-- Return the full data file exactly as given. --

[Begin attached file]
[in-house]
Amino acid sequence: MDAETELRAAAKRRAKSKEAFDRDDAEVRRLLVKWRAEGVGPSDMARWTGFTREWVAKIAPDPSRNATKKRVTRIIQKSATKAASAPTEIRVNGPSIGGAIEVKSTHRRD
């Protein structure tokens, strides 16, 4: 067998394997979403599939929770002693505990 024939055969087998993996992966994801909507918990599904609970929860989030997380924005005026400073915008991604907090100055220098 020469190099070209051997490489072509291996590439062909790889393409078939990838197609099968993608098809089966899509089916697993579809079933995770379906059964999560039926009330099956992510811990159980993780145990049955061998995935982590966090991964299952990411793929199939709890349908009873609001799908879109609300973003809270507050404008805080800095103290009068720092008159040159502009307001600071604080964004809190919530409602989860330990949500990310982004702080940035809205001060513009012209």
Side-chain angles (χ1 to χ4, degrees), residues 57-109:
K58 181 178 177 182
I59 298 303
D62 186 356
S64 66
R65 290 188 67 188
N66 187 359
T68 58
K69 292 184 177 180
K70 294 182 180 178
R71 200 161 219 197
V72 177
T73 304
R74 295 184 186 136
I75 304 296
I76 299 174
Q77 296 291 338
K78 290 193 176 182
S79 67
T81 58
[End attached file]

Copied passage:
[in-house]
Amino acid sequence: MDAETELRAAAKRRAKSKEAFDRDDAEVRRLLVKWRAEGVGPSDMARWTGFTREWVAKIAPDPSRNATKKRVTRIIQKSATKAASAPTEIRVNGPSIGGAIEVKSTHRRD
């Protein structure tokens, strides 16, 4: 067998394997979403599939929770002693505990 024939055969087998993996992966994801909507918990599904609970929860989030997380924005005026400073915008991604907090100055220098 020469190099070209051997490489072509291996590439062909790889393409078939990838197609099968993608098809089966899509089916697993579809079933995770379906059964999560039926009330099956992510811990159980993780145990049955061998995935982590966090991964299952990411793929199939709890349908009873609001799908879109609300973003809270507050404008805080800095103290009068720092008159040159502009307001600071604080964004809190919530409602989860330990949500990310982004702080940035809205001060513009012209």
Side-chain angles (χ1 to χ4, degrees), residues 57-109:
K58 181 178 177 182
I59 298 303
D62 186 356
S64 66
R65 290 188 67 188
N66 187 359
T68 58
K69 292 184 177 180
K70 294 182 180 178
R71 200 161 219 197
V72 177
T73 304
R74 295 184 186 136
I75 304 296
I76 299 174
Q77 296 291 338
K78 290 193 176 182
S79 67
T81 58